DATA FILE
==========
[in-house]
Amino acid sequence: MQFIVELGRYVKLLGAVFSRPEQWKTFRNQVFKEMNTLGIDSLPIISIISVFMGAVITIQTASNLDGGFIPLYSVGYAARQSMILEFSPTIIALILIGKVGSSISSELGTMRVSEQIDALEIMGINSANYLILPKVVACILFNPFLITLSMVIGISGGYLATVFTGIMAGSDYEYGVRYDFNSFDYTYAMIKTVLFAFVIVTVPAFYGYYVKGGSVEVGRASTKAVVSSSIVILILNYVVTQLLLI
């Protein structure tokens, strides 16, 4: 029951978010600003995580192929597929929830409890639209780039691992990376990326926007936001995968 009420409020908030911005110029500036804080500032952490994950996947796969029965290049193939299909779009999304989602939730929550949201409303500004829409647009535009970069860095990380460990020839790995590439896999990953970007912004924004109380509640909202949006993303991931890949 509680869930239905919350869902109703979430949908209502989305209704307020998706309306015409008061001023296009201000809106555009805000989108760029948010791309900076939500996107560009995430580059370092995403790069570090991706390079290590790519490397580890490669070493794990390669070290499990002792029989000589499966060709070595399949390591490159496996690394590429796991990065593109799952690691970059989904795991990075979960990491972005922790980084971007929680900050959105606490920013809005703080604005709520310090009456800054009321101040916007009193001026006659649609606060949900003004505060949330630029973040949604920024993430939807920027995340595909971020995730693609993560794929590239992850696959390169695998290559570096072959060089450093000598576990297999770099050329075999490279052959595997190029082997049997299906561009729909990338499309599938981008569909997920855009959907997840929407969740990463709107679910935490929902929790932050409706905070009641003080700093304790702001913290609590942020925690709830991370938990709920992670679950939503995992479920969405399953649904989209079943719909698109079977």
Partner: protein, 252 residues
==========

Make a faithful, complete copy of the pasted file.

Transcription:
[in-house]
Amino acid sequence: MQFIVELGRYVKLLGAVFSRPEQWKTFRNQVFKEMNTLGIDSLPIISIISVFMGAVITIQTASNLDGGFIPLYSVGYAARQSMILEFSPTIIALILIGKVGSSISSELGTMRVSEQIDALEIMGINSANYLILPKVVACILFNPFLITLSMVIGISGGYLATVFTGIMAGSDYEYGVRYDFNSFDYTYAMIKTVLFAFVIVTVPAFYGYYVKGGSVEVGRASTKAVVSSSIVILILNYVVTQLLLI
């Protein structure tokens, strides 16, 4: 029951978010600003995580192929597929929830409890639209780039691992990376990326926007936001995968 009420409020908030911005110029500036804080500032952490994950996947796969029965290049193939299909779009999304989602939730929550949201409303500004829409647009535009970069860095990380460990020839790995590439896999990953970007912004924004109380509640909202949006993303991931890949 509680869930239905919350869902109703979430949908209502989305209704307020998706309306015409008061001023296009201000809106555009805000989108760029948010791309900076939500996107560009995430580059370092995403790069570090991706390079290590790519490397580890490669070493794990390669070290499990002792029989000589499966060709070595399949390591490159496996690394590429796991990065593109799952690691970059989904795991990075979960990491972005922790980084971007929680900050959105606490920013809005703080604005709520310090009456800054009321101040916007009193001026006659649609606060949900003004505060949330630029973040949604920024993430939807920027995340595909971020995730693609993560794929590239992850696959390169695998290559570096072959060089450093000598576990297999770099050329075999490279052959595997190029082997049997299906561009729909990338499309599938981008569909997920855009959907997840929407969740990463709107679910935490929902929790932050409706905070009641003080700093304790702001913290609590942020925690709830991370938990709920992670679950939503995992479920969405399953649904989209079943719909698109079977």
Partner: protein, 252 residues